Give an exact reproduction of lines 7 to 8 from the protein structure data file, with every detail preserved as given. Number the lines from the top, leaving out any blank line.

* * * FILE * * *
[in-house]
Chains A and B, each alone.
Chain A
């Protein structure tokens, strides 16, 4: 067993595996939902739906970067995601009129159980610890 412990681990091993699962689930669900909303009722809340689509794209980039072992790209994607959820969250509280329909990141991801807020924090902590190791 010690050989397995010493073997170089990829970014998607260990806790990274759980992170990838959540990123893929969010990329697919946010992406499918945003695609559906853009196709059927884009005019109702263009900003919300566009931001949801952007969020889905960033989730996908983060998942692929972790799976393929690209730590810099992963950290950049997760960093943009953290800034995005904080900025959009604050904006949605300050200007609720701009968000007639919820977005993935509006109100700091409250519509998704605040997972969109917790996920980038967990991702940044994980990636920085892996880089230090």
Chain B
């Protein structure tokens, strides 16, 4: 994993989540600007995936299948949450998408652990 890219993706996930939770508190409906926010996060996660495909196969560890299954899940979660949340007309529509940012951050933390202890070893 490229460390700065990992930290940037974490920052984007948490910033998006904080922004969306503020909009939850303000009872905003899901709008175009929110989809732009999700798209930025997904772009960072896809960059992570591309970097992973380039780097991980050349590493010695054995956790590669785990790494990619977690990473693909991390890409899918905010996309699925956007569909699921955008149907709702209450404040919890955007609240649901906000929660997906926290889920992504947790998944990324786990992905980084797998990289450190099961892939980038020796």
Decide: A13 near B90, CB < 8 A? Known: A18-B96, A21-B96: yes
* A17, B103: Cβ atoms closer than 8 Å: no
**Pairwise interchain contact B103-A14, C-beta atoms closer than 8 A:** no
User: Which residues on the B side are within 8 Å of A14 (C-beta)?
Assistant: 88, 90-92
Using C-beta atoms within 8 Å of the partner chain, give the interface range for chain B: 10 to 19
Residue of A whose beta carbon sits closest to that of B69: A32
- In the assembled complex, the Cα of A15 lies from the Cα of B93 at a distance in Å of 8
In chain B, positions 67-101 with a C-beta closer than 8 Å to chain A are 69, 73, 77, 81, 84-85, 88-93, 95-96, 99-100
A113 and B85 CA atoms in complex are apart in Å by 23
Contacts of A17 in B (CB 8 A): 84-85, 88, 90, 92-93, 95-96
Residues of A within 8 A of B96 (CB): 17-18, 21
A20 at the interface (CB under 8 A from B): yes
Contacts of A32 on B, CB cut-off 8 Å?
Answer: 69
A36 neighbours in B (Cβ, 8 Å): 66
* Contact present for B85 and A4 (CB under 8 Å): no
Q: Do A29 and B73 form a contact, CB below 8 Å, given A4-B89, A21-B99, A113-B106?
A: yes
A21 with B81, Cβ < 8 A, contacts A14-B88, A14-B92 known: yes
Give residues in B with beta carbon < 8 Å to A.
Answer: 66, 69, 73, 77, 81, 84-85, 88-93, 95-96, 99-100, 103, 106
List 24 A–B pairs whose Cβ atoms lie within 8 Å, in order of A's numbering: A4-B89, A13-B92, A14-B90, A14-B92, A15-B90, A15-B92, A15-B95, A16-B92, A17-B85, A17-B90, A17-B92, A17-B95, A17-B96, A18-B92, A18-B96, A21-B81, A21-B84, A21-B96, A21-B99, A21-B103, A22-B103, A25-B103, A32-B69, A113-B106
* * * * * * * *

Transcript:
Decide: A13 near B90, CB < 8 A? Known: A18-B96, A21-B96: yes
* A17, B103: Cβ atoms closer than 8 Å: no